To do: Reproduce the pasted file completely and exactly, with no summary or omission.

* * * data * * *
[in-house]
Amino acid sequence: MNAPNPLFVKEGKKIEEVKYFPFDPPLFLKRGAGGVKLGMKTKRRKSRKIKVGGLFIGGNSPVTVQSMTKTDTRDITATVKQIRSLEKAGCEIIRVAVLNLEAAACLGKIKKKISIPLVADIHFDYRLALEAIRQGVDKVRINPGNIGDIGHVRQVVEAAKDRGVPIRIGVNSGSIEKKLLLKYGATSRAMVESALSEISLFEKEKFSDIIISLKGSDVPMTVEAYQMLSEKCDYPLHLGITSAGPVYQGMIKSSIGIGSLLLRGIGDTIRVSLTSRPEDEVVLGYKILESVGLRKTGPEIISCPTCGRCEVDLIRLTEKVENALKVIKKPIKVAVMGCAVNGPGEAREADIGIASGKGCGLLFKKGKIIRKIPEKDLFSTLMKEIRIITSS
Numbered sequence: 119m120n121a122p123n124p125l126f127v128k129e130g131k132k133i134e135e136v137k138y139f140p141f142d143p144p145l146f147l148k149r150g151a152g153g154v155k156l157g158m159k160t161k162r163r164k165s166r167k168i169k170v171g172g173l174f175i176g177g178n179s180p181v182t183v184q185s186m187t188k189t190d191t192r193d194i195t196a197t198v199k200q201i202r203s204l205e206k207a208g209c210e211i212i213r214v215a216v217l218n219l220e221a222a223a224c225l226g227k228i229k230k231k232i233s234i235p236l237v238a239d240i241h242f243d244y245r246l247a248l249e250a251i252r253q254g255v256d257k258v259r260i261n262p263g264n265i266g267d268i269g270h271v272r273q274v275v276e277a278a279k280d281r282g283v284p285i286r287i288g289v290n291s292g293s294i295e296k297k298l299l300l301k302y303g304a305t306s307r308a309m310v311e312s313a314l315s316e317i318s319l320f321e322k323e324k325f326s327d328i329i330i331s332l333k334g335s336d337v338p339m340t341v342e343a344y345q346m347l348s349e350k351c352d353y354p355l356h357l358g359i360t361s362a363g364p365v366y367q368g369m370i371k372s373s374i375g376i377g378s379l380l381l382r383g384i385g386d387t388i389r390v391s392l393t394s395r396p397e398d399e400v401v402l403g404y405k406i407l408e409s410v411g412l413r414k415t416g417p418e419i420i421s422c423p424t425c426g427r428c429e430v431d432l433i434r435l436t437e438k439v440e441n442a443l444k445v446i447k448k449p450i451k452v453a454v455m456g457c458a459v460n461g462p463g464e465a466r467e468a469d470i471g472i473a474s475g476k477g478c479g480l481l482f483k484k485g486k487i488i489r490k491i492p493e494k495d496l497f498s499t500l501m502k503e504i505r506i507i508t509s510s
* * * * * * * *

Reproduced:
[in-house]
Amino acid sequence: MNAPNPLFVKEGKKIEEVKYFPFDPPLFLKRGAGGVKLGMKTKRRKSRKIKVGGLFIGGNSPVTVQSMTKTDTRDITATVKQIRSLEKAGCEIIRVAVLNLEAAACLGKIKKKISIPLVADIHFDYRLALEAIRQGVDKVRINPGNIGDIGHVRQVVEAAKDRGVPIRIGVNSGSIEKKLLLKYGATSRAMVESALSEISLFEKEKFSDIIISLKGSDVPMTVEAYQMLSEKCDYPLHLGITSAGPVYQGMIKSSIGIGSLLLRGIGDTIRVSLTSRPEDEVVLGYKILESVGLRKTGPEIISCPTCGRCEVDLIRLTEKVENALKVIKKPIKVAVMGCAVNGPGEAREADIGIASGKGCGLLFKKGKIIRKIPEKDLFSTLMKEIRIITSS
Numbered sequence: 119m120n121a122p123n124p125l126f127v128k129e130g131k132k133i134e135e136v137k138y139f140p141f142d143p144p145l146f147l148k149r150g151a152g153g154v155k156l157g158m159k160t161k162r163r164k165s166r167k168i169k170v171g172g173l174f175i176g177g178n179s180p181v182t183v184q185s186m187t188k189t190d191t192r193d194i195t196a197t198v199k200q201i202r203s204l205e206k207a208g209c210e211i212i213r214v215a216v217l218n219l220e221a222a223a224c225l226g227k228i229k230k231k232i233s234i235p236l237v238a239d240i241h242f243d244y245r246l247a248l249e250a251i252r253q254g255v256d257k258v259r260i261n262p263g264n265i266g267d268i269g270h271v272r273q274v275v276e277a278a279k280d281r282g283v284p285i286r287i288g289v290n291s292g293s294i295e296k297k298l299l300l301k302y303g304a305t306s307r308a309m310v311e312s313a314l315s316e317i318s319l320f321e322k323e324k325f326s327d328i329i330i331s332l333k334g335s336d337v338p339m340t341v342e343a344y345q346m347l348s349e350k351c352d353y354p355l356h357l358g359i360t361s362a363g364p365v366y367q368g369m370i371k372s373s374i375g376i377g378s379l380l381l382r383g384i385g386d387t388i389r390v391s392l393t394s395r396p397e398d399e400v401v402l403g404y405k406i407l408e409s410v411g412l413r414k415t416g417p418e419i420i421s422c423p424t425c426g427r428c429e430v431d432l433i434r435l436t437e438k439v440e441n442a443l444k445v446i447k448k449p450i451k452v453a454v455m456g457c458a459v460n461g462p463g464e465a466r467e468a469d470i471g472i473a474s475g476k477g478c479g480l481l482f483k484k485g486k487i488i489r490k491i492p493e494k495d496l497f498s499t500l501m502k503e504i505r506i507i508t509s510s